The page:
CAMBRIDGE, Massachussets — Moderna has launched early-stage human trials for an mRNA vaccine to treat HIV, the company announced to investors on Thursday.
In a news release for company investors, the biotechnology company announced that has administered the first doses in a Phase 1 trial of HIV vaccine antigens at the George Washington University School of Medicine and Health Sciences in Washington, D.C.
The trial, conducted in partnership with the nonprofit International AIDS Vaccine Initiative, is designed to test whether the vaccine, which delivers HIV immunogens via messenger RNA (mRNA), can cause the body's B-cells to develop antibodies that can protect against the virus.
The immunogens being tested in the trial were developed by teams at IAVI and Scripps Research. The vaccine uses the same mRNA technology developed by Moderna for its COVID-19 vaccine.
"We are tremendously excited to be advancing this new direction in HIV vaccine design with Moderna's mRNA platform," said Dr. Mark Feinberg, president and CEO of IAVI. "The search for an HIV vaccine has been long and challenging, and having new tools in terms of immunogens and platforms could be the key to making rapid progress toward an urgently needed, effective HIV vaccine."
The trial will be conducted at three additional sites, the Hope Clinic of Emory Vaccine Center in Atlanta, Georgia, the Fred Hutchinson Cancer Research Center in Seattle, Washington, and the University of Texas Health Science Center in San Antonio, Texas.
Each of the four sites will enroll 56 healthy, HIV-negative adult volunteers. 48 of those will receive one or two doses of the vaccine, with 32 of those volunteers being given the booster shot. An additional eight volunteers will be given the booster by itself. Volunteers will then be monitored for six months after the last dose, with their immune responses being analyzed at the molecular level.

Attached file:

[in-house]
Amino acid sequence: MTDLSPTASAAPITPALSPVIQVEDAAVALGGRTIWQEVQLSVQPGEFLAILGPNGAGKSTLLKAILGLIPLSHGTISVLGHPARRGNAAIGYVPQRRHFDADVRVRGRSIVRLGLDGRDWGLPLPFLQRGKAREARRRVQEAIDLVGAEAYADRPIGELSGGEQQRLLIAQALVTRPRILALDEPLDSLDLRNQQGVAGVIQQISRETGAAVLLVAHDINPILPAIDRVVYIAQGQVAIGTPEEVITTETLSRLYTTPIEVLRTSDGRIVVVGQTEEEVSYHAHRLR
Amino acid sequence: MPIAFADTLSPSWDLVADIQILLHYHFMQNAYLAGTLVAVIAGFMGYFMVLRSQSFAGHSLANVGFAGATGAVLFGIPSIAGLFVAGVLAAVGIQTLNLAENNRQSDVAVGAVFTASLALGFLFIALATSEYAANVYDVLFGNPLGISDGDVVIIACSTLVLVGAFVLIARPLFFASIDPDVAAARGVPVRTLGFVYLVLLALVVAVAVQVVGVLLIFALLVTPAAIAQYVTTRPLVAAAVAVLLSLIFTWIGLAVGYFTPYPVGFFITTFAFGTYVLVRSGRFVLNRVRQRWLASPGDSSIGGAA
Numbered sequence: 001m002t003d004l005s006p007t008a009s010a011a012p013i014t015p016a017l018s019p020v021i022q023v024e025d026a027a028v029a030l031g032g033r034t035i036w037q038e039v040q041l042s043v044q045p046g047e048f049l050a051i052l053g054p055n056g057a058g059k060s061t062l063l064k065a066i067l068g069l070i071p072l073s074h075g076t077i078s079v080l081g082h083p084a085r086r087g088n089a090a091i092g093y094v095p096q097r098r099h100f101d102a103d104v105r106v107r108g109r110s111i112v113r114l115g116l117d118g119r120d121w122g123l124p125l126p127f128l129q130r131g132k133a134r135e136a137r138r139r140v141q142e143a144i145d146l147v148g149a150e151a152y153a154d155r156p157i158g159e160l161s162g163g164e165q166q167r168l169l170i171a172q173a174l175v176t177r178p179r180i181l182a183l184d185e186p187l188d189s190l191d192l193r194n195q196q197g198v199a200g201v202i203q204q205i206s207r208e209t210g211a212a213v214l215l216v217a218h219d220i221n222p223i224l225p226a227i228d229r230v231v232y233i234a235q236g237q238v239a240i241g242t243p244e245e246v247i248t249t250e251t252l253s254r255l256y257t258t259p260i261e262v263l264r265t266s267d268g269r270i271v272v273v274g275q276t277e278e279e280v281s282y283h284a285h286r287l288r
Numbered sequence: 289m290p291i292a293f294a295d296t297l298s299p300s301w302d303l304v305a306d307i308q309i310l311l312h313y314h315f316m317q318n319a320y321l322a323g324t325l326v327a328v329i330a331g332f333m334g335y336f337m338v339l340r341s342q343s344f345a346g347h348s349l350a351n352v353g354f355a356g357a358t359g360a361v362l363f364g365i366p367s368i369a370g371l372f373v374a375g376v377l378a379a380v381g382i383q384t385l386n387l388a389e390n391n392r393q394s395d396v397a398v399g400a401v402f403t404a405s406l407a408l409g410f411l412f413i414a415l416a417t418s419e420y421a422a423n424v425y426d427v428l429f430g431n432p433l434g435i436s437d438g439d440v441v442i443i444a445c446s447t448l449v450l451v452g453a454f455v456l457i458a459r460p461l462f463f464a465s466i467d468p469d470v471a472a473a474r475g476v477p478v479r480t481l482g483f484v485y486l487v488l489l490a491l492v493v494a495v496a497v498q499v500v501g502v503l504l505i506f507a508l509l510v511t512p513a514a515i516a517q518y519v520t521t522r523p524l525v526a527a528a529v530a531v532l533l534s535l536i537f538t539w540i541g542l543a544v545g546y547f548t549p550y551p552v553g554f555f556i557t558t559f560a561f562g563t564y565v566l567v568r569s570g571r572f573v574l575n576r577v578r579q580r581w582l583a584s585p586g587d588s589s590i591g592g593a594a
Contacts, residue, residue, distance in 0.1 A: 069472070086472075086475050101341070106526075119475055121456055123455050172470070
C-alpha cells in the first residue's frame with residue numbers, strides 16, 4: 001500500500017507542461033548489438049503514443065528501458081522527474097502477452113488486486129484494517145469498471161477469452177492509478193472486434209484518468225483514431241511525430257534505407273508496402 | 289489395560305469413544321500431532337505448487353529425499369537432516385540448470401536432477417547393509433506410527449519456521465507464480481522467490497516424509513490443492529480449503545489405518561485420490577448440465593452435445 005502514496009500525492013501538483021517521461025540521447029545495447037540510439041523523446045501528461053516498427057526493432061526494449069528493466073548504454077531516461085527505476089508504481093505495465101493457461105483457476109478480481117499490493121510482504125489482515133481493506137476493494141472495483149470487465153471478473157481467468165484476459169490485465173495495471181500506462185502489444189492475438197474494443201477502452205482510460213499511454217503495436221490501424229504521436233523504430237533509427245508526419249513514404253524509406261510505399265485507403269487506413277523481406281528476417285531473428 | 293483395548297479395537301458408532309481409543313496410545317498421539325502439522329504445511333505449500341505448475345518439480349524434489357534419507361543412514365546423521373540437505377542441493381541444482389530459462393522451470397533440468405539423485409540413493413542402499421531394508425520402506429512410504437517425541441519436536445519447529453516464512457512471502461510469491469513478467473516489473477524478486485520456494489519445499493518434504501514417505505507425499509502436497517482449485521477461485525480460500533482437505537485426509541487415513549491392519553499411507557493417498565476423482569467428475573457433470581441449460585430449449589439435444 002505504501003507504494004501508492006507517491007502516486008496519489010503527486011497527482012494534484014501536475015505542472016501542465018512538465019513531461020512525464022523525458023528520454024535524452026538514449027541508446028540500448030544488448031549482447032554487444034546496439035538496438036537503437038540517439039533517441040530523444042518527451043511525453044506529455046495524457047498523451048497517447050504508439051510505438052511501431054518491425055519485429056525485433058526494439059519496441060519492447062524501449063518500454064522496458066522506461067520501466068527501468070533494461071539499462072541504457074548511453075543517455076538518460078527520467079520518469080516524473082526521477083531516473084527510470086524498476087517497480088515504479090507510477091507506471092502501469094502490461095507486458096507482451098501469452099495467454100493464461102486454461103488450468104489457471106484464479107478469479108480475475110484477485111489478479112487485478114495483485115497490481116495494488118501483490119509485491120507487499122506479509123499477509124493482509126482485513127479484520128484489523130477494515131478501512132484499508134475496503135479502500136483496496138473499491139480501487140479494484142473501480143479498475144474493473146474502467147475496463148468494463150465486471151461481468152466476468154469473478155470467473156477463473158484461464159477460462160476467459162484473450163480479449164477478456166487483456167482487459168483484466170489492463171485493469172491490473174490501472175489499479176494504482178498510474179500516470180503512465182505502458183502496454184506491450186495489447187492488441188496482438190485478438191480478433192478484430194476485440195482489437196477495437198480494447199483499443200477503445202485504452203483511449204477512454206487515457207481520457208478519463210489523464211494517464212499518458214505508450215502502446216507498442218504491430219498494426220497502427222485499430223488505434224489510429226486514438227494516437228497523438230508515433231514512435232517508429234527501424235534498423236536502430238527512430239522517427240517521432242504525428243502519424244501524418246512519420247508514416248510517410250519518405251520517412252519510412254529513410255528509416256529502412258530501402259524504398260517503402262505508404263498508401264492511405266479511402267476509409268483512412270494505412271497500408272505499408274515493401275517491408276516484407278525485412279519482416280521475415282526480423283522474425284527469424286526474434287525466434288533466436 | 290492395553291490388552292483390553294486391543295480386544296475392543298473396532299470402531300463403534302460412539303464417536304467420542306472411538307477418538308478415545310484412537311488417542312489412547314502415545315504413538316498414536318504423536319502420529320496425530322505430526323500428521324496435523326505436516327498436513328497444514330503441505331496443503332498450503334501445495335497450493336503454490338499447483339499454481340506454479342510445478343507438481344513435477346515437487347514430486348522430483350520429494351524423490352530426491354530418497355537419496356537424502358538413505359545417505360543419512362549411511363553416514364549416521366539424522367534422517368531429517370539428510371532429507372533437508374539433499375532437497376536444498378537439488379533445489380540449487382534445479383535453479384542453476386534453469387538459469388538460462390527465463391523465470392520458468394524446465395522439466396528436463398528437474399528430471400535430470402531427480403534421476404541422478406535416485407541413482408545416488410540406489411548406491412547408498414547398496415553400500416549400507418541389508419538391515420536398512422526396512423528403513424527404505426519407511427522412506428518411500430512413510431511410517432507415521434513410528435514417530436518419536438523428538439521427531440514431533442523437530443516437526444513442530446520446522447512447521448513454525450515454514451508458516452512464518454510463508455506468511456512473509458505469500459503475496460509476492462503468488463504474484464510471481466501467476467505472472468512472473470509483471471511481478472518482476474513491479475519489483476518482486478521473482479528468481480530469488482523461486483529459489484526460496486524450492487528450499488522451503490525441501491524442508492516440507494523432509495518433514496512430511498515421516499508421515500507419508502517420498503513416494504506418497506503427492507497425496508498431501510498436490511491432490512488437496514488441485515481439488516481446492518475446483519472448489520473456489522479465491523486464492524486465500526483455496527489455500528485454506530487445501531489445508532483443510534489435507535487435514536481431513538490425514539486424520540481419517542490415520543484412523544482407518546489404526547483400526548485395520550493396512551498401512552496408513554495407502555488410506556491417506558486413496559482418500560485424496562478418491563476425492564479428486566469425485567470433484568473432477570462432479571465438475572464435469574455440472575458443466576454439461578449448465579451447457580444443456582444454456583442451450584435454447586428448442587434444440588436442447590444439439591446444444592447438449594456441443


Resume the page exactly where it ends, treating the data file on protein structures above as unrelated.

This trial is a follow-up to a proof-of-concept trial conducted in 2021 conducted by William Schief, Ph.D., a professor with Scripps Research and the executive director of vaccine designed at IAVI's Neutralizing Antibody Center.
Results from that trial found that a version of the priming immunogen induced the desired B-cell response in 97% of trial recipients. The focus of the new trial is to test the priming of the immune response and the abilities of a boosting immunogen to induce further maturation of B-cells into ones that produces the HIV-specific antibody.
HIV, which stands for human immunodeficiency virus, is a virus that attacks the bodies immune system. If left untreated, it can lead to Acquired Immunodeficiency Syndrome, or AIDS.
According to data from UNAIDS, 3.7 million people were living with HIV in 2020, which includes 1.7 million children. 53% of the total were women and girls.